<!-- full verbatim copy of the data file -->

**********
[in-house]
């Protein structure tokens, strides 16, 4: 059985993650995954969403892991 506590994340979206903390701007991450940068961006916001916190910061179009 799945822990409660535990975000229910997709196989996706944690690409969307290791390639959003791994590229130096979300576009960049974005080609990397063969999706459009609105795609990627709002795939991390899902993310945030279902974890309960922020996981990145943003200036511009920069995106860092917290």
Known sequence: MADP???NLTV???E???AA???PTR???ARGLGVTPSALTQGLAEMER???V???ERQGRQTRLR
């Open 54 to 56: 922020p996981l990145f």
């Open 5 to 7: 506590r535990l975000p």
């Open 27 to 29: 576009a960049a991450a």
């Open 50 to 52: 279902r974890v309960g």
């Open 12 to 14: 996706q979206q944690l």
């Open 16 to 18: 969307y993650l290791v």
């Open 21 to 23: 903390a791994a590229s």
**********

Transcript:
[in-house]
């Protein structure tokens, strides 16, 4: 059985993650995954969403892991 506590994340979206903390701007991450940068961006916001916190910061179009 799945822990409660535990975000229910997709196989996706944690690409969307290791390639959003791994590229130096979300576009960049974005080609990397063969999706459009609105795609990627709002795939991390899902993310945030279902974890309960922020996981990145943003200036511009920069995106860092917290």
Known sequence: MADP???NLTV???E???AA???PTR???ARGLGVTPSALTQGLAEMER???V???ERQGRQTRLR
């Open 54 to 56: 922020p996981l990145f």
């Open 5 to 7: 506590r535990l975000p």
């Open 27 to 29: 576009a960049a991450a």
């Open 50 to 52: 279902r974890v309960g």
């Open 12 to 14: 996706q979206q944690l």
């Open 16 to 18: 969307y993650l290791v």
């Open 21 to 23: 903390a791994a590229s």